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Jehoshaphat's Reaction to Fear

  • Priscilla Evans Shirer Motivational speaker, singer, and author
  • 2001 11 Nov
  • COMMENTS
Jehoshaphat's Reaction to Fear
What do you do when you are afraid? What is your natural tendency? When fearful or bewildering situations arise, we often revert to some natural habit that soothes us. A businessman might become introspective and unconsciously isolate himself from his family. Or a wife in turmoil may immediately call a friend to share her thoughts. The sound of thunder during a rainstorm might motivate spouses to huddle together in bed or a child might run to the shelter of her parents' bed in the middle of the night. Whatever our natural reaction is to fear, it gives us a sense of normalcy and security. We unconsciously revert to these behaviors and -- without a second thought -- we have eaten that whole carton of ice cream! We're usually not even aware that we're doing it, but taking note of these patterns is imperative.

When Jehoshaphat was king over Judah he found himself in a precarious position that caused him great anxiety. He was surrounded on all sides by an army that wanted desperately to destroy the entire nation. As militarily strong as Judah had been in the past, Jehoshaphat was aware of his inability to fight this war alone; unless Judah received some supernatural help, they would be in trouble. It amazes me that when Jehoshaphat heard the news of the impending danger he did not become secluded away from the masses, he did not pick up the phone to call a friend, nor did he find refuge by snuggling up to his spouse for comfort. 2 Chronicles 20:3 says, "Jehoshaphat was afraid and turned his attention to seek the Lord ..." That was his natural tendency.

Here is the greatest man in the nation, the king, with everything at his disposal in times of trouble. But and the first and only thing that captured his attention in a time of fear was the Lord. Communication with God was so incorporated into the fabric of his life that it was immediately on his mind when he became afraid. Such a habit wasn't a spur-of-the-moment kind of thing, it was the product of years of complete reliance on God. He sought the Lord because he knew that was the only place where his situation could be rectified. What a lesson we can learn from this man who chose Jesus over all else! His default position was on his knees calling out to the Master for help.

Jehoshaphat was so serious about his desire to see the Lord supernaturally come through for the people of Judah that he even went a step further and "proclaimed a fast throughout all Judah." Fear is one emotion that will draw us to a point of desperation. We have to be so desperate for the Lord to work in our lives that not only do we turn our attention toward Him but we do whatever is necessary to make sure that His attention is also turned toward us! To fast is to give up the needs of the flesh for a greater need of the spirit. It shows the Lord that you are so serious about what you are asking Him to do that you are willing to give up something you really want in order to ensure God's hand in your situation. Traditionally, Christians give up food, but you can also give up television, movies, certain books or even chocolate for a season. The point is to give up something that you long for to show the Lord how serious you are. The Lord declares that when we proclaim a fast, "Then your light will break out like the dawn, and your recovery will speedily spring forth; And your righteousness will go before you; the glory of the Lord will be your rear guard. Then you will call, and the Lord will answer; you will cry and He will say, 'Here I am.'"(Isaiah 58:8-9) The Lord takes it seriously when His children fast. If you want to see God for real, turn your attention to Him and then give up something to show the Lord that He is indeed more important.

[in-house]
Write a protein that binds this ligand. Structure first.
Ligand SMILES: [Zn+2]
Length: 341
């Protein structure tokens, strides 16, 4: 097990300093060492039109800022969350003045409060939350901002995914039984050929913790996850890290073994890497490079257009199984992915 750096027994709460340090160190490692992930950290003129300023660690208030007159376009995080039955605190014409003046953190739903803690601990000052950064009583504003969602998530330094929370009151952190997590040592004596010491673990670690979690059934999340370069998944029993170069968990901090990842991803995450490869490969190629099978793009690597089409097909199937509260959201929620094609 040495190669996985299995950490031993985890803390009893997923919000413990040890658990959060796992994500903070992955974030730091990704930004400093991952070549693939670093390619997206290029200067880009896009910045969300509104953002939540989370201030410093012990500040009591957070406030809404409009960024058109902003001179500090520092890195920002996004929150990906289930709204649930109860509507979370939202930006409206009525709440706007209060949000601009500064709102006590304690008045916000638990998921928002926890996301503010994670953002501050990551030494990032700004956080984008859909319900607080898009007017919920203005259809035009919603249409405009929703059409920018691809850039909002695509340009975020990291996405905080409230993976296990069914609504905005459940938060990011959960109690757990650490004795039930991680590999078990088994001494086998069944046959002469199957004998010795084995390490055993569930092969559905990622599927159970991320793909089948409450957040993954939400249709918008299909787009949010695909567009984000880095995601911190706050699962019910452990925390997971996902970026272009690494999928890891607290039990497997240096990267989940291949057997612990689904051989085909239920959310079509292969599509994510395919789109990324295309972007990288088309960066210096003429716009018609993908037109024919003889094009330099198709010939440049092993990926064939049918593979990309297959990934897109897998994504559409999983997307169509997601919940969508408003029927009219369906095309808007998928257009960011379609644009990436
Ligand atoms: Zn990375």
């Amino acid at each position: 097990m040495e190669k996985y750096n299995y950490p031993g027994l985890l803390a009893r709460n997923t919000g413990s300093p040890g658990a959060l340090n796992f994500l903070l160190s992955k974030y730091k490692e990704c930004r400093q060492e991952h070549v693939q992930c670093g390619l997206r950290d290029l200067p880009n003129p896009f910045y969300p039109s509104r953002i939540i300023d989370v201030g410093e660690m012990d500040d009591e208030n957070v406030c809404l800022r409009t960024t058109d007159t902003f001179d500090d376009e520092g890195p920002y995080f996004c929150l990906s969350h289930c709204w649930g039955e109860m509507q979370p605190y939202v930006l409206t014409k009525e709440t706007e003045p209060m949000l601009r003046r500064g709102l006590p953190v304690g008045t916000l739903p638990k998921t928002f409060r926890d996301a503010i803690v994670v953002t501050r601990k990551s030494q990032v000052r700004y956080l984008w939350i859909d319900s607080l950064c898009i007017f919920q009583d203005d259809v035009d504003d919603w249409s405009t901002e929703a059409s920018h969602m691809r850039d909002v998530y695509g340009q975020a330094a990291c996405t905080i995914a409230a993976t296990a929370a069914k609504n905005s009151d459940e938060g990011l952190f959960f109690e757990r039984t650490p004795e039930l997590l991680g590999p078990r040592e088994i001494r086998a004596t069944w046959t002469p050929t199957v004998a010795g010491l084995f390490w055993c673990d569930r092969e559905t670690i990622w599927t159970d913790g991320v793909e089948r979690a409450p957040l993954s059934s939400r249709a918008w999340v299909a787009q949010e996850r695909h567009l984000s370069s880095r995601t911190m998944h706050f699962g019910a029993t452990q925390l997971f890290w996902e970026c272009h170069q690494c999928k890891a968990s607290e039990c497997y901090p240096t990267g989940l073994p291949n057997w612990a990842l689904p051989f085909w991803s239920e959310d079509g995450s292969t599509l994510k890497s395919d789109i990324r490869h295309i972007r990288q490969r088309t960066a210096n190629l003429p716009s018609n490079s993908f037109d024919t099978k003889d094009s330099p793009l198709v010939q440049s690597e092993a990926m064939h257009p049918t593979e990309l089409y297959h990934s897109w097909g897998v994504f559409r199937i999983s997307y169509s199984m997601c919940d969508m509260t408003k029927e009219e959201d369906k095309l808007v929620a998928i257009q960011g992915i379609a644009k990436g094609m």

When God's people are afraid, it should move us toward God. Jehoshaphat's reactions show that he was serious about seeing God work. This is what fear should do to God's people. It should move us toward God. Our default position in times of need should be one of kneeling, seriously seeking the Father.

As life's battles cause me to fear, my desire is that my subconscious habit will be to call out to the Lord and allow all else to fall by the wayside as I look expectantly to God for answers. Let's pray that we will become like Jehoshaphat in times of uncertainty and immediately turn our attention to the Lord.